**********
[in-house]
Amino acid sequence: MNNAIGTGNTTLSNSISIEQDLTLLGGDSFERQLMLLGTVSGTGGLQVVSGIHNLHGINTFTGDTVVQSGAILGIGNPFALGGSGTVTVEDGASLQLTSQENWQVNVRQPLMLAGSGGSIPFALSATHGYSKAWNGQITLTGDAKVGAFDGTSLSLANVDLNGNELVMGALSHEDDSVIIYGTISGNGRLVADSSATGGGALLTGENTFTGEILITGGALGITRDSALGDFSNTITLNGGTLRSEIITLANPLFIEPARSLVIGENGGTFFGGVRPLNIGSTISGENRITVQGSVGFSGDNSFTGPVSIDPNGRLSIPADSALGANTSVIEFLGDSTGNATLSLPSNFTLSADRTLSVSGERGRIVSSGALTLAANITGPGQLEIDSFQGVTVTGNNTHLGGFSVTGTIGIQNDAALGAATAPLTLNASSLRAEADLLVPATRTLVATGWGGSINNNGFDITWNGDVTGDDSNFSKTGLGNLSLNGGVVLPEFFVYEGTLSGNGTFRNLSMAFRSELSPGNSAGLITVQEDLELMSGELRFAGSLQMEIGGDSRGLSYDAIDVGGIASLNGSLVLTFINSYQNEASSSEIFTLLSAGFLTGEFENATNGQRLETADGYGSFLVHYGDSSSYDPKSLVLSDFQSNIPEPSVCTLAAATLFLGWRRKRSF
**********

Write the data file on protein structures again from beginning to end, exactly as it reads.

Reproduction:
[in-house]
Amino acid sequence: MNNAIGTGNTTLSNSISIEQDLTLLGGDSFERQLMLLGTVSGTGGLQVVSGIHNLHGINTFTGDTVVQSGAILGIGNPFALGGSGTVTVEDGASLQLTSQENWQVNVRQPLMLAGSGGSIPFALSATHGYSKAWNGQITLTGDAKVGAFDGTSLSLANVDLNGNELVMGALSHEDDSVIIYGTISGNGRLVADSSATGGGALLTGENTFTGEILITGGALGITRDSALGDFSNTITLNGGTLRSEIITLANPLFIEPARSLVIGENGGTFFGGVRPLNIGSTISGENRITVQGSVGFSGDNSFTGPVSIDPNGRLSIPADSALGANTSVIEFLGDSTGNATLSLPSNFTLSADRTLSVSGERGRIVSSGALTLAANITGPGQLEIDSFQGVTVTGNNTHLGGFSVTGTIGIQNDAALGAATAPLTLNASSLRAEADLLVPATRTLVATGWGGSINNNGFDITWNGDVTGDDSNFSKTGLGNLSLNGGVVLPEFFVYEGTLSGNGTFRNLSMAFRSELSPGNSAGLITVQEDLELMSGELRFAGSLQMEIGGDSRGLSYDAIDVGGIASLNGSLVLTFINSYQNEASSSEIFTLLSAGFLTGEFENATNGQRLETADGYGSFLVHYGDSSSYDPKSLVLSDFQSNIPEPSVCTLAAATLFLGWRRKRSF